These go-anywhere models are powered by rechargeable lithium-ion batteries and are currently available in three battery platforms: 18, 36, and 60 volts. Cordless compressors don’t have the capacity or versatility of electric models, but they’re quiet, lightweight, and surprisingly powerful. For example, one of my favorite (but sadly no longer available) Ridgid models can drive up to 1,200 nails on a single charge. Cordless compressors are capable of running small to medium air tools, including finish nailers, brad nailers, and inflators.
Standout Cordless Air Compressors
How We Evaluated
To find the best air compressors, we evaluated available models in terms of portability, power, professional features, and our experience testing them (for the ones we’ve gotten our hands on). For consideration, each electric compressor needed to have an oil-free pump and produce between 90 and 165 psi of air pressure, because most air tools require 40 to 90 psi. We also looked for a range of storage tank sizes to suit different tools and projects.
Another reason these models earn the title of best is because each is engineered to withstand the rough and rigorous demands of professional contractors, but they’re all priced well within the budget of most DIYers. Plus, despite their small size, they sacrifice very little when compared to a large, traditional model. In fact, since getting my compact compressor three years ago, I haven’t moved my 30-gallon one from its cozy corner in the garage.—Joseph Truini
—BEST SMALL COMPRESSOR— Bostitch 1.2-Gallon Trim Compressor
Tank Capacity: 1.2 gal. | Motor Size: 2 hp | Max. Psi: 150 | Cfm Delivered at 90 Psi: 2.8 | Model: CAP1512-OF
Bostitch has a well-earned reputation for building rugged, contractor-grade compressors, and this model is no exception, to which I can attest. I bought one more than 12 years ago, and although it’s been battered and bruised and taken more than a few tumbles, it still runs great. Its 1.2-gallon, hotdog-style tank and 2-horsepower pump pair up to deliver an impressive 2.8 cfm at 90 psi. And with a maximum psi rating of 150, it can handle virtually any air tool. Weighing in at less than 24 pounds, this compact compressor is perfectly suited for use in home workshops or on-site with trim carpenters. Other notable features include a protective roll cage, LED on/off switch, power cord wrap, onboard air hose storage, and a convenient compartment for stowing hand tools, fasteners, and fittings.
—MOST POWERFUL— Husky 4.5-Gallon Portable Silent Air Compressor
Tank Capacity: 4.5 gal. | Motor Size: 1.3 hp | Max. Psi: 175 | Cfm Delivered at 90 Psi: 3 | Model: 3320445
Noisy machines can be more than a nuisance; over time, they can cause hearing loss. Husky’s Silent Air Compressor reaches 65 decibels at its loudest, which is quieter than many other compressors and about the same volume as a typical conversation. That makes it a great option for indoor tasks like inflating air mattresses. But don’t mistake the muffle for a less-than-capable machine. This compact compressors handily outperforms many competitors by delivering 3 cfm at 90 psi. So it’s up to the task of powering outdoor and jobsite tools, like nailers, and can run two tools at once thanks to the dual couplers. The tradeoff for the quiet operation is heft. The Silent Air Compressor weighs more than 70 pounds, making it less convenient to haul around. Luckily, it’s got two wheels.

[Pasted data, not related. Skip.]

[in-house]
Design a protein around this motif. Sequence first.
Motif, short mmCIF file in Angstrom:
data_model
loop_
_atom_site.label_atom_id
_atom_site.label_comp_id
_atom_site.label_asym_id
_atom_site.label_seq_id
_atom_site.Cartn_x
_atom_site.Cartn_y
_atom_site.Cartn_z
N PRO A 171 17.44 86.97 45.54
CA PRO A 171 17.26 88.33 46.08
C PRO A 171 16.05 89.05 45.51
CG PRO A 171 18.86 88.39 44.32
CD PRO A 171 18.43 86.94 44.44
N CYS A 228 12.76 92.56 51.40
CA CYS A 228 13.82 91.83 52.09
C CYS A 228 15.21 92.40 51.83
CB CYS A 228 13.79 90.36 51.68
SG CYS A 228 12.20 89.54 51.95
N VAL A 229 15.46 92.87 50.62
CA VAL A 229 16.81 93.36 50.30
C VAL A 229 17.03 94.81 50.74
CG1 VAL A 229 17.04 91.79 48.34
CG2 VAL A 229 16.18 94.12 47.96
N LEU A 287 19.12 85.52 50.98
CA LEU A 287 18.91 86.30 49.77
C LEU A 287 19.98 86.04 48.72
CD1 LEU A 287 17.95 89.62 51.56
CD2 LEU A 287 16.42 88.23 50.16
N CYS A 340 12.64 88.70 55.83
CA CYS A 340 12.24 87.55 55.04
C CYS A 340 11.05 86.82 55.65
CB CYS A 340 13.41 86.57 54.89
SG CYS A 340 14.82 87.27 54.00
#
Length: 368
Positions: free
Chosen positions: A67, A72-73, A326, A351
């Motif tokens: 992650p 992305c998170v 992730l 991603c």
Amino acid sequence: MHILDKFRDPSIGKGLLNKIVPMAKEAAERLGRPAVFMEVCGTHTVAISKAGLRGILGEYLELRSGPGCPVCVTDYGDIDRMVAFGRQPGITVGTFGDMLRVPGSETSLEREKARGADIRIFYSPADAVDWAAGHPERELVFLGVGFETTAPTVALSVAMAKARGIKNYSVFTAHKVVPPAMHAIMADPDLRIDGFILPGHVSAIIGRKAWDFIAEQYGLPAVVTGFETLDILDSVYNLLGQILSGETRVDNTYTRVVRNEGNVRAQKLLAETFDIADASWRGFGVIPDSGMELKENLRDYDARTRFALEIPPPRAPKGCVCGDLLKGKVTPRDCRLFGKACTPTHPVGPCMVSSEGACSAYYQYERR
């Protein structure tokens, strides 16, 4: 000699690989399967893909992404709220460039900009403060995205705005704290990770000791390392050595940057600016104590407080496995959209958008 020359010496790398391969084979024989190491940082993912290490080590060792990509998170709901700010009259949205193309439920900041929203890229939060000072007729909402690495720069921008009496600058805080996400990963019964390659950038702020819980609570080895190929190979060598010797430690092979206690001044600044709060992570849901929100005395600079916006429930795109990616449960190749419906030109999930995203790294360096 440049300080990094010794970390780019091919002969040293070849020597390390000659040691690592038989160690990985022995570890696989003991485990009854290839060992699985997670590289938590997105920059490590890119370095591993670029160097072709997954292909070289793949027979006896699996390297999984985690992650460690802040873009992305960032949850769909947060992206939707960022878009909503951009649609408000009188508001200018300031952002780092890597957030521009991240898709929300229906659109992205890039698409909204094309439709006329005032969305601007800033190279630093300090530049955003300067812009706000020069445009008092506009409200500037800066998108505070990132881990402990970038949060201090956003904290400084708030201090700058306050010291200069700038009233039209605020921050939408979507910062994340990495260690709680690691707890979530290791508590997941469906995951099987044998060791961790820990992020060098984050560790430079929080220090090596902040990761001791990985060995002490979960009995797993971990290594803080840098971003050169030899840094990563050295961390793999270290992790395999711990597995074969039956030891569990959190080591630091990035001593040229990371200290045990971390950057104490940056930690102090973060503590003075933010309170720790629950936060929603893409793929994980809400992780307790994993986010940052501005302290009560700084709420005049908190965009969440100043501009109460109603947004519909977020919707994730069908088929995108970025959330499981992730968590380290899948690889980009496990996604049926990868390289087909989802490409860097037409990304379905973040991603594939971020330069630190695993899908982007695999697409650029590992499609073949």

—BEST VALUE— Ridgid 6-Gallon Portable Electric Pancake Compressor
Tank Capacity: 6 gal. | Motor Size: 1.5 hp | Max. Psi: 150 | Cfm Delivered at 90 Psi: 2.6 | Model: OF60150HB
This compressor is a great option for anyone who does finish carpentry and trim projects. If you have a helper or crew, it helps you boost productivity, because it has two universal push-to-connect couplers that allow you to attach two nailers or other tools at once. The large 6-gallon tank and 1.5-hp motor promise robust power: 2.6 cfm at 90 psi.
—QUIETEST— Rolair 1-Gallon Portable Pump Air Compressor
Tank Capacity: 1 gal. | Motor Size: 0.5 hp | Max. Psi: 90 | Cfm Delivered at 90 Psi: 1 | Model: AB5Plus
Rolair might not be the most recognizable name in the compressor business, but this third-generation, Wisconsin-based company has been manufacturing reliable, highly rated compressors since 1959. And there are several things I like about the Rolair Pump Air Compressor. First, it’s extremely compact, so it’s easy to carry around and store away. Second, its welded-steel roll cage protects the unit from drops, bumps, and rollovers. The two extra-large gauges are easy to read, and its two-piston pump refills the air tank very quickly. During testing, it seemed noticeably quieter than any compressor we’ve ever used. Some investigation revealed this little powerhouse operates at just 59 decibels. By the way, when shopping for compressors, or any power tool for that matter, keep in mind that long-term exposure to noise louder than 70 decibels can cause hearing loss.